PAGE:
• Model grammatically correct phrases and sentences throughout the activity. Label and describe what you feel, see, and hear. Incorporate different word types into your models, including:
    • Exclamations (uh oh, wow, ooooh!)
    • Object names (box, bear, shoe, stick, spoon, playdoh)
    • Pronouns (my, your, his, hers)
    • Action words (shake, pull, feel, reach)
    • Location words (in, out, under, up, down)
    • Descriptive words (big, little, hard, soft, squishy, smooth, bumpy)
  • Practice turn-taking by taking turns reaching inside of the mystery box. Identify whose turn it is by pointing and/or using turn-taking language (It’s my turn! Now, it’s your turn!). Encourage your child to wait and watch while you take a turn.
  • If your child is working on specific speech sounds, place objects in your mystery box/container that contain the target speech sound in the object label. Each time your child pulls an object out, you can practice the target word 5x together! For example, if your child is working on the “b” sound at the beginning of words, you can include objects such as a ball, bird, balloon, bib, baby, bell, banana, etc.
  • Ask your child to guess what objects are inside based on what he/she feels! Once the objects are out of the box, compare and contrast how the objects feel and look. Make a list of similarities and differences between the objects.
  • Sort the objects into categories based on color, shape, size, or object function (things you eat, things you wear, animals, vehicles, etc.)

Not only is this activity great for building language, but it also targets many occupational therapy skills, such as the ability to discriminate and identify objects based on touch without the use of vision, increasing focus and attention on the hands and the sensory system, and increasing impulse control (as your child has to wait until he/she finds the right objects, via touch, before pulling it out of the box).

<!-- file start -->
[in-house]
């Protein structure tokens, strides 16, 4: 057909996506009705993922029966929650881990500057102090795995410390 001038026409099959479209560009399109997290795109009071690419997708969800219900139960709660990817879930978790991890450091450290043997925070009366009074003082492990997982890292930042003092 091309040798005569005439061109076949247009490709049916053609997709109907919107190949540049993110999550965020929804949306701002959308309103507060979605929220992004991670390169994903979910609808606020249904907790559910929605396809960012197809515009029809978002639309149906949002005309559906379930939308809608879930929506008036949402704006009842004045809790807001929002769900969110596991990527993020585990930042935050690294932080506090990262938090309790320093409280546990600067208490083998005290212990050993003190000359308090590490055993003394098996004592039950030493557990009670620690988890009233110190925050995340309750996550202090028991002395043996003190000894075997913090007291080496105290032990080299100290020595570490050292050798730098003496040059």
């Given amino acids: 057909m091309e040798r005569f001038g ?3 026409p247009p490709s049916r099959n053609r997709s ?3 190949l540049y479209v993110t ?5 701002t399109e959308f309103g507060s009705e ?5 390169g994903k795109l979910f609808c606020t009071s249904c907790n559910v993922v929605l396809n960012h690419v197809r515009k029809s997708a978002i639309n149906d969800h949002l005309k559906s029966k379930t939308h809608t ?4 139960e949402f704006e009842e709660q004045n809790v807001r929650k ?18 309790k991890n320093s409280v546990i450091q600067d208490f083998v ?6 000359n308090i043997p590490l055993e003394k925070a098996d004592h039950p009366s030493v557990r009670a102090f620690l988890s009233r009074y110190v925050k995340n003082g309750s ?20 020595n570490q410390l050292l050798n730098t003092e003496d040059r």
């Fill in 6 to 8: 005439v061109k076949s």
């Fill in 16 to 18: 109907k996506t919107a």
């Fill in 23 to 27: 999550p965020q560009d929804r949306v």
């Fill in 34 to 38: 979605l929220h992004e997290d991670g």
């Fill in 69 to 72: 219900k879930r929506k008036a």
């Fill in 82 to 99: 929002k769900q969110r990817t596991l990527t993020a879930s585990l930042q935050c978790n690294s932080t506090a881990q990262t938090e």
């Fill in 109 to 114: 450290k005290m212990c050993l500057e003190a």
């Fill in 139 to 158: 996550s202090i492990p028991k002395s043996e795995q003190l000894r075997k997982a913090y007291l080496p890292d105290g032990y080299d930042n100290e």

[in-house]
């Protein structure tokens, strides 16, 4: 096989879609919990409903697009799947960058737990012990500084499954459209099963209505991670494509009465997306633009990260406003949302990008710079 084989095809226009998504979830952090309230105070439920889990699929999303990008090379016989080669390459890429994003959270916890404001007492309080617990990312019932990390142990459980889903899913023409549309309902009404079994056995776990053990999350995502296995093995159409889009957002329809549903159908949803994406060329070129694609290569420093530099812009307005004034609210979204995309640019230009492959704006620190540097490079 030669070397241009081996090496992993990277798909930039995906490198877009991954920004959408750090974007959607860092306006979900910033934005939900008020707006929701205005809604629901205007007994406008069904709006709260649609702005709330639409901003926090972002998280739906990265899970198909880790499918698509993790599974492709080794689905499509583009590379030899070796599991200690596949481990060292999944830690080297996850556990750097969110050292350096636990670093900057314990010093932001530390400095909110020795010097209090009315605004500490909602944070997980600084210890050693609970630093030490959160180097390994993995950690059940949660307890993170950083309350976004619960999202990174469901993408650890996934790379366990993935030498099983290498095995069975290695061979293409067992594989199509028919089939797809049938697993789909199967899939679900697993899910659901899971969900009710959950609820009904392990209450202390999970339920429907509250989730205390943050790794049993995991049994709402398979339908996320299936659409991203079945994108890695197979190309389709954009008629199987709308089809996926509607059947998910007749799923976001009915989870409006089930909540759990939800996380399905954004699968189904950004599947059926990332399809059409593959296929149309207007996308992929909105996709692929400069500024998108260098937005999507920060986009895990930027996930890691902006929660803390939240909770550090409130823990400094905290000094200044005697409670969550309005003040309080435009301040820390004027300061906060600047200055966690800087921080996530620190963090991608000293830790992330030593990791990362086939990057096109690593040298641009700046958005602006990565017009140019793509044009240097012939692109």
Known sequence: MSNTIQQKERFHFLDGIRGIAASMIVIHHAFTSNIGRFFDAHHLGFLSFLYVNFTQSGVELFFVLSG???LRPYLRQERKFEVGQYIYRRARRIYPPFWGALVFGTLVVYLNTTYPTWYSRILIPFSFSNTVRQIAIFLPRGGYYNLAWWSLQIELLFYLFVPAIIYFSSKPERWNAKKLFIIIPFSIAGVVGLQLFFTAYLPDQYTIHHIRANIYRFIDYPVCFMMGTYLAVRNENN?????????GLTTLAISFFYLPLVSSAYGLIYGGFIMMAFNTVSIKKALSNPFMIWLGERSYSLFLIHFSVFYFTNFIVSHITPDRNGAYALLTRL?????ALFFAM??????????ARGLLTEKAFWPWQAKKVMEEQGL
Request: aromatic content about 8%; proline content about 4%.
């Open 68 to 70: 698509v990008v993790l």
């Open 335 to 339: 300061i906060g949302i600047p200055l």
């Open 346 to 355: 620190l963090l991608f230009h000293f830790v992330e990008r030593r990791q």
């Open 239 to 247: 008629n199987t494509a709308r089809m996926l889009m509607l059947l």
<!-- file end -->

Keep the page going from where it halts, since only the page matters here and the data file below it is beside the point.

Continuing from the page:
Questions or concerns?

If you have questions or concerns about your child’s speech, language, and/or play skills please contact us at info@playworkschicago.com or 773-332-9439.

Nicole Sherlock, MA, CCC-SLP
Speech-Language Pathologist
Photo Credit: Nicole Sherlock

What’s in Your House: DIY Activities for Language Development!

Due to all that’s available online and in stores, many parents feel inclined to buy the newest toys on the shelf to support their children’s development. Unfortunately, as a result, parents can overlook the valuable materials in their own homes! Tons of common household items can be converted into toys or activities that stimulate your child’s creativity, expand his or her play ideas, and facilitate language growth and development. Not to mention encouraging your child to play with common household items can reduce clutter, cut down costs, and help your child get creative with what they have! Here are some common household items that function as agents for language use during play. You might be surprised by all you can do with what you have!